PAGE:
Love, Light, and Vinegar
I can’t—rather, I suppose, I won’t—try to address the recent school shooting. You don’t need me to, anyway; Facebook, Twitter, every blog in existence, and every news outlet is busy making sure we can’t think about anything else.
Violence is terrible. Violence during the holiday season somehow seems worse. Violence against children is unthinkable. Violence on this scale… it’s almost incomprehensible. Which is why, I think, everyone rushes to express their feelings from every possible angle. Sadness, disbelief, anger, and then, of course, come the Discussions We Need To Have before anyone’s even had a chance to finish processing all of those overwhelming feelings.
For once, I found myself silent. I don’t want to say anything. It’s too much, and if I try to join the conversation which I so desperately wish wasn’t happening, never had to happen, I fear I will get sucked down into a darkness from which I might not be able to escape. So I didn’t say anything. I turned off the television (or turned it on only to channels like Food Network, where I wouldn’t be subjected to news alerts or the president crying). I saw a blog post that wasn’t about the event in specific, focusing instead on the need to spread more love to continue shining a light against the darkness (I’m paraphrasing), and I liked that philosophy so much, I directed my readers to that writer and then I closed my computer.
I spent a day in my pajamas, because I didn’t want to leave the house. I started cleaning. And cooking. And I felt a pang of guilt that I was willfully turning away from this Big Thing, but at the same time I wasn’t somehow Doing Something to make the world better. What was that about spreading love and light? Shouldn’t I be… feeding the hungry? Clothing the poor? Hugging my child in a constant stranglehold rather than pestering him to stop playing Minecraft and come make fudge with his mommy?
On the one hand, I wanted to do the magical Something that would make everything make sense again. On the other hand, I almost felt like rushing out to Make A Difference or whatever would be as inappropriate as leaping into the discussions I’d so staunchly avoided. I wasn’t ready. So instead, I buckled down and kept cleaning.
Yes, I want to spread love and light in the world. I’m not sure exactly how I go about that with real purpose, just yet, but I’ll figure it out. In the meantime, I just felt like everything had tipped at about a 45-degree angle. You know the cartoons they did in Monty Python, where a giant hand would come out of nowhere and adjust the scene, or whatever? This particular tragedy felt like that to me. Everything shifted. Solid ground felt slippery. My assumptions about the world around me were upended, and I had to find my footing before I could even think about Where We Go From Here.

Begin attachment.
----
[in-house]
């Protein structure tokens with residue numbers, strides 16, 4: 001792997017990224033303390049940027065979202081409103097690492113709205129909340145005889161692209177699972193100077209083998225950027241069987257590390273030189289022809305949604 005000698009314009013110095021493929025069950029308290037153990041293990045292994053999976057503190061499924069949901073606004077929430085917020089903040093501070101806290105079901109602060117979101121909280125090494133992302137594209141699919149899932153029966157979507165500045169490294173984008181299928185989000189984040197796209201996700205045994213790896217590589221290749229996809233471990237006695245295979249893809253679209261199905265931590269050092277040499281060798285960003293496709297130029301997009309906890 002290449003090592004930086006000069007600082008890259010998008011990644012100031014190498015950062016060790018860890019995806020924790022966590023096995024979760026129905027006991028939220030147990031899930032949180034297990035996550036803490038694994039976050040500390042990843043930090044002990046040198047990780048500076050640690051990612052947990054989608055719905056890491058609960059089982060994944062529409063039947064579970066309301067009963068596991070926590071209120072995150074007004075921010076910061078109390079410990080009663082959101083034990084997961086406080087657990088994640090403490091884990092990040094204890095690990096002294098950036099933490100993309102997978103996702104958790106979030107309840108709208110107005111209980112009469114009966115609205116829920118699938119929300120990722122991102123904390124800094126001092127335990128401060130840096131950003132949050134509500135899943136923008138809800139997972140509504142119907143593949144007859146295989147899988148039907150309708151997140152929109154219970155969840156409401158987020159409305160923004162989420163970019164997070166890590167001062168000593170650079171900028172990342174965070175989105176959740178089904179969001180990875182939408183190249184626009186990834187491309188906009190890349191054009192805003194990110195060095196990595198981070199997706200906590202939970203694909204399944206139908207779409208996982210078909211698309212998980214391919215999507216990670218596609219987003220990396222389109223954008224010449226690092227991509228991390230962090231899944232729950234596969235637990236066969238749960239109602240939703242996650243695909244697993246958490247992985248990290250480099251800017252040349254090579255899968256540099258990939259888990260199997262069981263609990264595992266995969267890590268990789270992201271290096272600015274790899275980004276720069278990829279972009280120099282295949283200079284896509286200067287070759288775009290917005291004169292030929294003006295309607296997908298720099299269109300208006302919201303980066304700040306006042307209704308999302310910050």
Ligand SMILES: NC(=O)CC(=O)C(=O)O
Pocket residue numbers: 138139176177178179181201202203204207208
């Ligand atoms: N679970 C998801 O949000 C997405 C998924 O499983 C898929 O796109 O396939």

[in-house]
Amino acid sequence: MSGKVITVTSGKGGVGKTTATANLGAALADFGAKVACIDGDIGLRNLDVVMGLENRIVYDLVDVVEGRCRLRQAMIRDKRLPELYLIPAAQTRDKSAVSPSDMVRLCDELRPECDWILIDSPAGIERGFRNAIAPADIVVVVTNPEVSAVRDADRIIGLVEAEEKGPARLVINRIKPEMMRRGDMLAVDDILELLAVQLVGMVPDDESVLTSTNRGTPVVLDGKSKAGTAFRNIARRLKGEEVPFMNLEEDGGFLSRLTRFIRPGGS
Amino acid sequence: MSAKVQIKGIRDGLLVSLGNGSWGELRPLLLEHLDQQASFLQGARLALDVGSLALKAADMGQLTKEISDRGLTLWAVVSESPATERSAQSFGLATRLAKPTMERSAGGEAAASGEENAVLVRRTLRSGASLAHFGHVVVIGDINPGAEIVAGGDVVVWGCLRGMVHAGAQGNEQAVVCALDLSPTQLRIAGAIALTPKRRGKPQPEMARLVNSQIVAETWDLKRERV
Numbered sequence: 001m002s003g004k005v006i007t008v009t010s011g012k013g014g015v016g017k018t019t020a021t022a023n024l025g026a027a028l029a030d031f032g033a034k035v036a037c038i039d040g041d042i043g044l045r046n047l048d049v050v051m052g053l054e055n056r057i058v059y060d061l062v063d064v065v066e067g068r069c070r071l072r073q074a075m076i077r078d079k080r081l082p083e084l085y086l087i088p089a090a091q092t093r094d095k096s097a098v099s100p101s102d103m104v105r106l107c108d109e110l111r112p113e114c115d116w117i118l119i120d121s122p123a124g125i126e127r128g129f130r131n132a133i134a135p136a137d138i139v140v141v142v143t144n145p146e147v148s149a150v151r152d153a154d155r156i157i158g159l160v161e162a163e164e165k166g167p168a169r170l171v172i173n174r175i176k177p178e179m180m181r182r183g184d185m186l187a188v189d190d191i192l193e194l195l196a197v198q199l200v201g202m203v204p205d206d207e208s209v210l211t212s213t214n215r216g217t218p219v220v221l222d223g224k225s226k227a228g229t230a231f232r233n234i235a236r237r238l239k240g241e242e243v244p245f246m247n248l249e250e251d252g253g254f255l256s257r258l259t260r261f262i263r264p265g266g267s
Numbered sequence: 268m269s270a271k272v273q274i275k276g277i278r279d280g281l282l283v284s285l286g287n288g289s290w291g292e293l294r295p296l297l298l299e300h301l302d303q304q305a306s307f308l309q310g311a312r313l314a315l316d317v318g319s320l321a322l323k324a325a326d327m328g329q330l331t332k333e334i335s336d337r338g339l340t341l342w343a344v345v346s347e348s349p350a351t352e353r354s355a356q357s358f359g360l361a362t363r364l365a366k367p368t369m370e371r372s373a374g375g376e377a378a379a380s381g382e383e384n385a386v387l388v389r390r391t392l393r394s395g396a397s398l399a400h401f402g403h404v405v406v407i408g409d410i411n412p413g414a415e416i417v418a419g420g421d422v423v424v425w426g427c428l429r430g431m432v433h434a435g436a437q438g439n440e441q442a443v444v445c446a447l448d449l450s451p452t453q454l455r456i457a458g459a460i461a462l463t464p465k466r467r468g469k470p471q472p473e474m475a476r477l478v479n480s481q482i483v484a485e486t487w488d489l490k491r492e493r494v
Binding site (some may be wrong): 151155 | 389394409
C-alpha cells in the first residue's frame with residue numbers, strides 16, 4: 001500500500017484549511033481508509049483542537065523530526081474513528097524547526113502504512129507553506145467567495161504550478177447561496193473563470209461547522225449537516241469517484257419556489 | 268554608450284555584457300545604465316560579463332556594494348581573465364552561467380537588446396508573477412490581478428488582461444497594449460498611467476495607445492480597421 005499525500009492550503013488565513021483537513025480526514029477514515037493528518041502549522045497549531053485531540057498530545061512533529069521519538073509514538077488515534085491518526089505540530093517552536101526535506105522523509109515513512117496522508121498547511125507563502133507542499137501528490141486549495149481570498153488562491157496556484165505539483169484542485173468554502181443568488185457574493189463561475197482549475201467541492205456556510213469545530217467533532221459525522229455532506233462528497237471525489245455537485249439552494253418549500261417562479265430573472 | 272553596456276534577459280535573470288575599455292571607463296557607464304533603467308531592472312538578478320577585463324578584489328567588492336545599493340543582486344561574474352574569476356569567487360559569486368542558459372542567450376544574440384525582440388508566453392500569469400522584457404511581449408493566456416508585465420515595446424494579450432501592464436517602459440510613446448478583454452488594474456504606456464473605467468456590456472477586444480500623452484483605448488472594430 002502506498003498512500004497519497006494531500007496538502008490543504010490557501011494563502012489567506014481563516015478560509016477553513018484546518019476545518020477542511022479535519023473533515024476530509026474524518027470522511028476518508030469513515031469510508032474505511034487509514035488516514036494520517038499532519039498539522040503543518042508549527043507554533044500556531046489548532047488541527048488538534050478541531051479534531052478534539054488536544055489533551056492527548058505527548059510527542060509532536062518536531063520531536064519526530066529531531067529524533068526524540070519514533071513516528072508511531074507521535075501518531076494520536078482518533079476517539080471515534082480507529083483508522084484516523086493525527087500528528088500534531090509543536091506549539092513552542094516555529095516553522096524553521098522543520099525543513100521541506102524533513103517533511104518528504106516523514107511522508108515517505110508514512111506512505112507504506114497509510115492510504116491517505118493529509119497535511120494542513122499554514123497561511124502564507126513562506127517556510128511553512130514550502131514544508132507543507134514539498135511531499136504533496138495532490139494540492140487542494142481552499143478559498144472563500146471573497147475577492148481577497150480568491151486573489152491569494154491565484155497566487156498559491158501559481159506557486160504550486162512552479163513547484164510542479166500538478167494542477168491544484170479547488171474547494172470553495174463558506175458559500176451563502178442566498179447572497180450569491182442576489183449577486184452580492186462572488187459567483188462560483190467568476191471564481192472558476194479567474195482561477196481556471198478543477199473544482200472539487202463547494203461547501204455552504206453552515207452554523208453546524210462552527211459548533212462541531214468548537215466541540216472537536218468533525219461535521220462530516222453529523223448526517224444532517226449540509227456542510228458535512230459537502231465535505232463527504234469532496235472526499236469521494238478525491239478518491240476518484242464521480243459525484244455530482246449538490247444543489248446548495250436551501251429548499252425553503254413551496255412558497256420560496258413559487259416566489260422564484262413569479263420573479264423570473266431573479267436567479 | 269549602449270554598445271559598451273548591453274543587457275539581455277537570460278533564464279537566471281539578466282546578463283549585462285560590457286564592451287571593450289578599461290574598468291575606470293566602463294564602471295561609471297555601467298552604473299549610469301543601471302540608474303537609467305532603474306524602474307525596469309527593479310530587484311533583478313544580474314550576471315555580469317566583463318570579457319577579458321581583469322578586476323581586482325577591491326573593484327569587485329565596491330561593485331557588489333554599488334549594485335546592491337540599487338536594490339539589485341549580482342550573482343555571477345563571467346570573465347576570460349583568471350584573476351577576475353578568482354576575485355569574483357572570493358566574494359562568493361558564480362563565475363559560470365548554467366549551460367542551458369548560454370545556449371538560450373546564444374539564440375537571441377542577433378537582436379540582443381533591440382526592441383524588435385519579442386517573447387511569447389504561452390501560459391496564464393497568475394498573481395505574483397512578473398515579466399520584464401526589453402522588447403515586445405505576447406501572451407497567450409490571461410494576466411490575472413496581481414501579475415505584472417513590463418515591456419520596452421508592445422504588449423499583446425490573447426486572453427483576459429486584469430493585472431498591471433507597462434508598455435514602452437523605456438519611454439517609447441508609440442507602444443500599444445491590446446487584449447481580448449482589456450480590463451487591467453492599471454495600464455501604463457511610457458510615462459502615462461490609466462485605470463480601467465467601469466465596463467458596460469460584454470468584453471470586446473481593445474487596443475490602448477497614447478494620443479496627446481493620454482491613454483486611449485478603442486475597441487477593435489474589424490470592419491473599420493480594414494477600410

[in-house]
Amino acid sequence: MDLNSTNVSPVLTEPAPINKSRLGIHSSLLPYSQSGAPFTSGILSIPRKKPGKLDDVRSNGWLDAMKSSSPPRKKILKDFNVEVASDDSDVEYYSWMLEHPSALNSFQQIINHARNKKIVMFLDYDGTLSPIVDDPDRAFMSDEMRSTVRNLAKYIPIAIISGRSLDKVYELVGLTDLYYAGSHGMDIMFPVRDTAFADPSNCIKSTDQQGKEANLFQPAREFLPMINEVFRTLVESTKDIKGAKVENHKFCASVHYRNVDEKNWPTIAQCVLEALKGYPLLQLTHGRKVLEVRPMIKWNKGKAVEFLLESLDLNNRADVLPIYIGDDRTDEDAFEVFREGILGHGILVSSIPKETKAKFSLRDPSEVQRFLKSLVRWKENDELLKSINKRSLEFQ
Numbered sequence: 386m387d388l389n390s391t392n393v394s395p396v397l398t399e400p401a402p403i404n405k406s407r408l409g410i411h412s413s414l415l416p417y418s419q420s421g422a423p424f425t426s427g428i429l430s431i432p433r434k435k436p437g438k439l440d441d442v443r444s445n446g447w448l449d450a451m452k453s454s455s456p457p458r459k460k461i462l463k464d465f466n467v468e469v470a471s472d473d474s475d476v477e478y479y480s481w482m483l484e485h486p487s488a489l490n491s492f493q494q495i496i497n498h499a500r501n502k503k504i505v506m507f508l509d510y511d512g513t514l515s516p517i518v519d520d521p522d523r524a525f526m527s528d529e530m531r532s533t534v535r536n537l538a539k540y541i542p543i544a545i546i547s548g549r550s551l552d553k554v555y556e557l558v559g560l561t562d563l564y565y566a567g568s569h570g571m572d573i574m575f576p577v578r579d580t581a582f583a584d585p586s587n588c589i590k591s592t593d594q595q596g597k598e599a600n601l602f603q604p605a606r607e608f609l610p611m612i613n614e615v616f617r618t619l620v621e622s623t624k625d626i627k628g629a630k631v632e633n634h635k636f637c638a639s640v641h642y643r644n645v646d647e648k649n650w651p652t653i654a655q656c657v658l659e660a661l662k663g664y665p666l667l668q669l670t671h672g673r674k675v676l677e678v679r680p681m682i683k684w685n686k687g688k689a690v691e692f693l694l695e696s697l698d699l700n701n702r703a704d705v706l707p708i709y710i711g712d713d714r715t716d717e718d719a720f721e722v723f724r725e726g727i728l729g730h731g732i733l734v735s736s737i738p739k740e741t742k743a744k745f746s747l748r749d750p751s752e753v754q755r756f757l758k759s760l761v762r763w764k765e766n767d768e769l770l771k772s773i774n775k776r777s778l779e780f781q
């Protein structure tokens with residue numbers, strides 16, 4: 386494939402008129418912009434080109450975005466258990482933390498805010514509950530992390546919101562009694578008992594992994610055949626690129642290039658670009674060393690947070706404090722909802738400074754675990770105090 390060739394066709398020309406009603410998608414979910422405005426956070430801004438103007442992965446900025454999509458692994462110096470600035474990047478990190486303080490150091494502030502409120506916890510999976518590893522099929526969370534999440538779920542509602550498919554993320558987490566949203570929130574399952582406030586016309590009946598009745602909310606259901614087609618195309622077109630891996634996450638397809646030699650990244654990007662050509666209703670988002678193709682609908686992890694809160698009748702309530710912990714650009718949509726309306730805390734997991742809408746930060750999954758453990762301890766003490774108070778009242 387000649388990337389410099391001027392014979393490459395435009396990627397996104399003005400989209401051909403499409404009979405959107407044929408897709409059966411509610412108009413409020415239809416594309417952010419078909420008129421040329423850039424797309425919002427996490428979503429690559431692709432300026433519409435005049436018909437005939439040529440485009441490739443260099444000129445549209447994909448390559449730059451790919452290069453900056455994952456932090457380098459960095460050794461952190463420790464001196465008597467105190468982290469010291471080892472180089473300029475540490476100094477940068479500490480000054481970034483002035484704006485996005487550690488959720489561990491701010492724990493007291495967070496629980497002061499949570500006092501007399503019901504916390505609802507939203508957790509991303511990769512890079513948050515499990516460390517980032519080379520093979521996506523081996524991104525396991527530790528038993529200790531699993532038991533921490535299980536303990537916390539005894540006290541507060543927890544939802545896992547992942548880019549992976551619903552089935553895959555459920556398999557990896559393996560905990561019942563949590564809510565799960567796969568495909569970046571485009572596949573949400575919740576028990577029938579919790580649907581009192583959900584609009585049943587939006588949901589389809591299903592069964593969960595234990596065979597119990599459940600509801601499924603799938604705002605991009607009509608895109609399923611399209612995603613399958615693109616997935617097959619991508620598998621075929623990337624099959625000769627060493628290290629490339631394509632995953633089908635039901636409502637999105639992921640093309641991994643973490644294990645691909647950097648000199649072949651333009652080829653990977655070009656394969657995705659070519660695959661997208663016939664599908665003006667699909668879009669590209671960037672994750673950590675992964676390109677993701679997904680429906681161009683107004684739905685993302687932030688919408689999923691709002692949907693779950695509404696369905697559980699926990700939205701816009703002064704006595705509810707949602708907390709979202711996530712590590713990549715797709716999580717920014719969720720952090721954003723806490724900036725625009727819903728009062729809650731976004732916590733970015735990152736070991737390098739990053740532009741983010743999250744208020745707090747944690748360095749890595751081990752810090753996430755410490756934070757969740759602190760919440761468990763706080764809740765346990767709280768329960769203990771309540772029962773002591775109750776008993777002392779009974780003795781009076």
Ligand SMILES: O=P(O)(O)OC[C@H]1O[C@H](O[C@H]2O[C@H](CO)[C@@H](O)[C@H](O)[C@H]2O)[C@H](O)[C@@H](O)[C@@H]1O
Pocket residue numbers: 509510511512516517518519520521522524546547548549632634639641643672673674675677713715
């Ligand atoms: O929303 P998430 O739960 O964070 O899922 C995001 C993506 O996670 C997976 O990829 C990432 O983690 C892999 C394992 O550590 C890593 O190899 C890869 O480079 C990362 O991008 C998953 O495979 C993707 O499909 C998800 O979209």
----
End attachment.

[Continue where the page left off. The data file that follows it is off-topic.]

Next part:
I didn’t spread any love this weekend, unless you could the time I spent discussing chemical reactions while my son and I made fudge (and I do count that, actually). In-between our batches of sweets—which we’ll be distributing as a bit of light and sugar-shock over this week—I scrubbed. I applied vinegar to a variety of surfaces around my house. I scrubbed the stove top; I swished toilet water; I wiped down counters and vacuumed and I gave my new carpet scrubbing machine a pretty thorough workout on both carpet and upholstery. I ferreted out and tossed expired food in the cabinets and I sorted through piles of clutter. I tried to make sense of my house when it felt like nothing else made sense.
It turns out that the weekend wasn’t quite enough time. On Monday I worked for half a day and then found myself “just cleaning a few more things” and by bedtime I realized 1) I’d managed to waste half my work day and 2) I’d just about run out of things to clean. But I also realized that I felt better.
The world wasn’t fixed. Tragedy wasn’t negated, I wasn’t “over it,” or anything. But—for me—cleaning had been cathartic, somehow. I took control in this small, small way and it reassured my caveman hind-brain that some things still made sense. I cook, the kitchen gets dirty, but then I can clean it up and look, now it’s fixed. Not everything is so simple, of course, but this week, for me, it has to be enough.
How do you make sense of life when it doesn’t make sense? Anyone need me to pass the vinegar?